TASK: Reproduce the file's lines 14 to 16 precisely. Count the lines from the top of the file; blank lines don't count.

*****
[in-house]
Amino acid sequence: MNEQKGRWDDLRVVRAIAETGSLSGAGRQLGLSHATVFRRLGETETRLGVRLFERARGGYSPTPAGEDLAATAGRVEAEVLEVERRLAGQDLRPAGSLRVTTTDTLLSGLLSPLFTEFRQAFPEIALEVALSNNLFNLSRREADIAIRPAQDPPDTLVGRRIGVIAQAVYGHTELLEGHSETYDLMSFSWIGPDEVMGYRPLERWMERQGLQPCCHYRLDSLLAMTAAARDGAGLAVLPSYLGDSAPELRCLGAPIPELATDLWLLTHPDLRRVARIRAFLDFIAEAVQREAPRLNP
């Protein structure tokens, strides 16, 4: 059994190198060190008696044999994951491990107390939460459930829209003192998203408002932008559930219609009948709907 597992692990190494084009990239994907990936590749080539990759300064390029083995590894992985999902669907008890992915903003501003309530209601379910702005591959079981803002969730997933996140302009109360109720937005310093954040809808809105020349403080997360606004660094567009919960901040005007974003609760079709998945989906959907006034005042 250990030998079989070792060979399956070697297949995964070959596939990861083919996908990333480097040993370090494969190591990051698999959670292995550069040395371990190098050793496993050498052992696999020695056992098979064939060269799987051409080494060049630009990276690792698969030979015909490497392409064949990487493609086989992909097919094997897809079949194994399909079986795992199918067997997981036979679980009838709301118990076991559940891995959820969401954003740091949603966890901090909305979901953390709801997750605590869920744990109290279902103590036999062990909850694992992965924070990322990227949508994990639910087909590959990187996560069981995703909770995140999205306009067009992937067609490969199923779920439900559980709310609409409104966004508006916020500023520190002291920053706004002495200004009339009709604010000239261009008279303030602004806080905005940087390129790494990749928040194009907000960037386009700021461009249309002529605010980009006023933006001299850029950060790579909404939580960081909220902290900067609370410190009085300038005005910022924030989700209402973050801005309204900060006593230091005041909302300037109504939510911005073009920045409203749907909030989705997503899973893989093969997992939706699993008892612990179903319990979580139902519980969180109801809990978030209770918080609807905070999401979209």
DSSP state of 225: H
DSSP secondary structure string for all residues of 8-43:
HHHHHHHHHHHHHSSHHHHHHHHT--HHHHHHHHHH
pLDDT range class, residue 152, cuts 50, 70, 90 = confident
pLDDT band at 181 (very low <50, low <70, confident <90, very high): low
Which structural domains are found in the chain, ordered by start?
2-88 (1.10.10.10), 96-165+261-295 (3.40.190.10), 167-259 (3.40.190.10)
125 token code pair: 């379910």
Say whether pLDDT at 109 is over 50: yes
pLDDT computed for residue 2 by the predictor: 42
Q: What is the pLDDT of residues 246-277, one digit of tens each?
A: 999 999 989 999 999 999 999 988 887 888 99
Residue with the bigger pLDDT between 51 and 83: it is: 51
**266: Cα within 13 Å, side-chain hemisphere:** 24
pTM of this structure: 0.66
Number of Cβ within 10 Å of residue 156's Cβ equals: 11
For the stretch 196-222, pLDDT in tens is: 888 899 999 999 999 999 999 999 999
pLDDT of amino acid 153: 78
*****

Q: What is the pLDDT of residues 246-277, one digit of tens each?
A: 999 999 989 999 999 999 999 988 887 888 99
Residue with the bigger pLDDT between 51 and 83: it is: 51